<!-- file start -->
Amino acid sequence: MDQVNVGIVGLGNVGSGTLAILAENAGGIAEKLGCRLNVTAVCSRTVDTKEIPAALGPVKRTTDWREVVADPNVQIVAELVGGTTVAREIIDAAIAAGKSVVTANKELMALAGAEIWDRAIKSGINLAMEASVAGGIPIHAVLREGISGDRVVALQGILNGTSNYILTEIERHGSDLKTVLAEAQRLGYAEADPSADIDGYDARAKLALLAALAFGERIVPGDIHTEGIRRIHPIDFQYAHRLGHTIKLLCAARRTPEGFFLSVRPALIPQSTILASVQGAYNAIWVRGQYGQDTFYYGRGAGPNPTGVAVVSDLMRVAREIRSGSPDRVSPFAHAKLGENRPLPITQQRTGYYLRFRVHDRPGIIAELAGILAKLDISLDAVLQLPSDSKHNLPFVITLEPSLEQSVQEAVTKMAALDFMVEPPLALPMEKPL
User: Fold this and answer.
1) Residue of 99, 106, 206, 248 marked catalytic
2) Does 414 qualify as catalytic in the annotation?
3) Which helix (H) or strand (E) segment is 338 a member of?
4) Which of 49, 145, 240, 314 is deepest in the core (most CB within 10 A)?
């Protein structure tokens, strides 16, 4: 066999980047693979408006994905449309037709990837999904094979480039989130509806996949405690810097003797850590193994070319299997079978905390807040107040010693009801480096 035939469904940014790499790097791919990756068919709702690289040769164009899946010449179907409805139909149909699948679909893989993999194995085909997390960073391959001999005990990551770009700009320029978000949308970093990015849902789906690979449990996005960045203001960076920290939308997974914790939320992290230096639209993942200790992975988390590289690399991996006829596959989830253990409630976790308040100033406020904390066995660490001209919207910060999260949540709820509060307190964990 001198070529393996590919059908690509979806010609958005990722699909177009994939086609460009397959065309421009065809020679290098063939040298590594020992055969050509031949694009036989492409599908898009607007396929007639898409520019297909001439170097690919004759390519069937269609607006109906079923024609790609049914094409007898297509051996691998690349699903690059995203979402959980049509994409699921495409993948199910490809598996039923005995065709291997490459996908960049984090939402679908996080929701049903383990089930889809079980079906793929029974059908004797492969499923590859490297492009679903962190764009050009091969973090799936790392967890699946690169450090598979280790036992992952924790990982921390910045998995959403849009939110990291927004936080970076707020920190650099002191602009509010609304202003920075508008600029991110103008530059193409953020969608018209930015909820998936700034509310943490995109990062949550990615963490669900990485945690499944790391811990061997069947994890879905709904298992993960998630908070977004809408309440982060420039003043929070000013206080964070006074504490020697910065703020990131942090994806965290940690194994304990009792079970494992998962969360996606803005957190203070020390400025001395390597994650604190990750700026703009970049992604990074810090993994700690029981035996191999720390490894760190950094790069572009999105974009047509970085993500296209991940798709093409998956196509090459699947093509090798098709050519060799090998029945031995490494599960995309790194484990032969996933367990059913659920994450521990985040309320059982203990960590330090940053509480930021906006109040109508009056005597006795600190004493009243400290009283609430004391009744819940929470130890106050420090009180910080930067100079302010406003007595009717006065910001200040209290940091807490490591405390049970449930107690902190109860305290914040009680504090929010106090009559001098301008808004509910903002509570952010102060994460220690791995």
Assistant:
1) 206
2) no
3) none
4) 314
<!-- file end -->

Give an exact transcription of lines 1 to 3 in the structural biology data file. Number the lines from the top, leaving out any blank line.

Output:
Amino acid sequence: MDQVNVGIVGLGNVGSGTLAILAENAGGIAEKLGCRLNVTAVCSRTVDTKEIPAALGPVKRTTDWREVVADPNVQIVAELVGGTTVAREIIDAAIAAGKSVVTANKELMALAGAEIWDRAIKSGINLAMEASVAGGIPIHAVLREGISGDRVVALQGILNGTSNYILTEIERHGSDLKTVLAEAQRLGYAEADPSADIDGYDARAKLALLAALAFGERIVPGDIHTEGIRRIHPIDFQYAHRLGHTIKLLCAARRTPEGFFLSVRPALIPQSTILASVQGAYNAIWVRGQYGQDTFYYGRGAGPNPTGVAVVSDLMRVAREIRSGSPDRVSPFAHAKLGENRPLPITQQRTGYYLRFRVHDRPGIIAELAGILAKLDISLDAVLQLPSDSKHNLPFVITLEPSLEQSVQEAVTKMAALDFMVEPPLALPMEKPL
User: Fold this and answer.
1) Residue of 99, 106, 206, 248 marked catalytic